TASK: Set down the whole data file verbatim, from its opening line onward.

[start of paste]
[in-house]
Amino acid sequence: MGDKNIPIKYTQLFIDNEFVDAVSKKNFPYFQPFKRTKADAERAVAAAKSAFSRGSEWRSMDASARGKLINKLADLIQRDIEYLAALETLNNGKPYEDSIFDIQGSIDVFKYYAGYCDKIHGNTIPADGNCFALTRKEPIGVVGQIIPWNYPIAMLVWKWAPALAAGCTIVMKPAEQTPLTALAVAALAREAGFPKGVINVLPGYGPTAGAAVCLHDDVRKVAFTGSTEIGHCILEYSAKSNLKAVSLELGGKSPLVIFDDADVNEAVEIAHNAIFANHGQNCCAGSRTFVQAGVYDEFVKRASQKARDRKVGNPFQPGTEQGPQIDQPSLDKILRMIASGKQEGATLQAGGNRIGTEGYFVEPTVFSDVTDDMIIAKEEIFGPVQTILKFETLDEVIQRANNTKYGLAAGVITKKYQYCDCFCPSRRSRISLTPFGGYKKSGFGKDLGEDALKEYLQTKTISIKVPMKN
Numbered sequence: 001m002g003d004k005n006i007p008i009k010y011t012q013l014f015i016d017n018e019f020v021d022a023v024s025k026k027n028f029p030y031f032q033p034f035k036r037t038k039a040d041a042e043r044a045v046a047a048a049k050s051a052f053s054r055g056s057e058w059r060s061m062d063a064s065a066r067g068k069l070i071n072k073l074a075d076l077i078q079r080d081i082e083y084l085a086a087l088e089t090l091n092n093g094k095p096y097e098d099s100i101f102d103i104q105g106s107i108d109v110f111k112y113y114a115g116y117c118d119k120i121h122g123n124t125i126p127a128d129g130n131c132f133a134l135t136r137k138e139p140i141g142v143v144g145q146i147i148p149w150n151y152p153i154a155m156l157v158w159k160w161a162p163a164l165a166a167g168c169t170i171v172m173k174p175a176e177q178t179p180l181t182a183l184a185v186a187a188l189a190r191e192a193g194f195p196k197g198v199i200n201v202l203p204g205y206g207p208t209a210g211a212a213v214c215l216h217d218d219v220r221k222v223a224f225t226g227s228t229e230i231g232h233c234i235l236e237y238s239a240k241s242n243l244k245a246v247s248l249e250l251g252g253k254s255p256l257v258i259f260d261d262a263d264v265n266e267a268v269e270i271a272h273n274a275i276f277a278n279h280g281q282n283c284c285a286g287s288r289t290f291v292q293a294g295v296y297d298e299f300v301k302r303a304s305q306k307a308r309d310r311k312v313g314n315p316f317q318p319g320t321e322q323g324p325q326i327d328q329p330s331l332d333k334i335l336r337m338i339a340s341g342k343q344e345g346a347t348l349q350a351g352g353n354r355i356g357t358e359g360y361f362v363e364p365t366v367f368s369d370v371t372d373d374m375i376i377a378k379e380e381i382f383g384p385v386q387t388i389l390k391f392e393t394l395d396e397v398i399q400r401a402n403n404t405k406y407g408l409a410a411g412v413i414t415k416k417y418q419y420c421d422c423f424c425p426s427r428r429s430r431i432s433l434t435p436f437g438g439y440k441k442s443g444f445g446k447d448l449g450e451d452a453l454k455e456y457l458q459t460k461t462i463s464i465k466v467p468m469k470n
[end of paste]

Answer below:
[in-house]
Amino acid sequence: MGDKNIPIKYTQLFIDNEFVDAVSKKNFPYFQPFKRTKADAERAVAAAKSAFSRGSEWRSMDASARGKLINKLADLIQRDIEYLAALETLNNGKPYEDSIFDIQGSIDVFKYYAGYCDKIHGNTIPADGNCFALTRKEPIGVVGQIIPWNYPIAMLVWKWAPALAAGCTIVMKPAEQTPLTALAVAALAREAGFPKGVINVLPGYGPTAGAAVCLHDDVRKVAFTGSTEIGHCILEYSAKSNLKAVSLELGGKSPLVIFDDADVNEAVEIAHNAIFANHGQNCCAGSRTFVQAGVYDEFVKRASQKARDRKVGNPFQPGTEQGPQIDQPSLDKILRMIASGKQEGATLQAGGNRIGTEGYFVEPTVFSDVTDDMIIAKEEIFGPVQTILKFETLDEVIQRANNTKYGLAAGVITKKYQYCDCFCPSRRSRISLTPFGGYKKSGFGKDLGEDALKEYLQTKTISIKVPMKN
Numbered sequence: 001m002g003d004k005n006i007p008i009k010y011t012q013l014f015i016d017n018e019f020v021d022a023v024s025k026k027n028f029p030y031f032q033p034f035k036r037t038k039a040d041a042e043r044a045v046a047a048a049k050s051a052f053s054r055g056s057e058w059r060s061m062d063a064s065a066r067g068k069l070i071n072k073l074a075d076l077i078q079r080d081i082e083y084l085a086a087l088e089t090l091n092n093g094k095p096y097e098d099s100i101f102d103i104q105g106s107i108d109v110f111k112y113y114a115g116y117c118d119k120i121h122g123n124t125i126p127a128d129g130n131c132f133a134l135t136r137k138e139p140i141g142v143v144g145q146i147i148p149w150n151y152p153i154a155m156l157v158w159k160w161a162p163a164l165a166a167g168c169t170i171v172m173k174p175a176e177q178t179p180l181t182a183l184a185v186a187a188l189a190r191e192a193g194f195p196k197g198v199i200n201v202l203p204g205y206g207p208t209a210g211a212a213v214c215l216h217d218d219v220r221k222v223a224f225t226g227s228t229e230i231g232h233c234i235l236e237y238s239a240k241s242n243l244k245a246v247s248l249e250l251g252g253k254s255p256l257v258i259f260d261d262a263d264v265n266e267a268v269e270i271a272h273n274a275i276f277a278n279h280g281q282n283c284c285a286g287s288r289t290f291v292q293a294g295v296y297d298e299f300v301k302r303a304s305q306k307a308r309d310r311k312v313g314n315p316f317q318p319g320t321e322q323g324p325q326i327d328q329p330s331l332d333k334i335l336r337m338i339a340s341g342k343q344e345g346a347t348l349q350a351g352g353n354r355i356g357t358e359g360y361f362v363e364p365t366v367f368s369d370v371t372d373d374m375i376i377a378k379e380e381i382f383g384p385v386q387t388i389l390k391f392e393t394l395d396e397v398i399q400r401a402n403n404t405k406y407g408l409a410a411g412v413i414t415k416k417y418q419y420c421d422c423f424c425p426s427r428r429s430r431i432s433l434t435p436f437g438g439y440k441k442s443g444f445g446k447d448l449g450e451d452a453l454k455e456y457l458q459t460k461t462i463s464i465k466v467p468m469k470n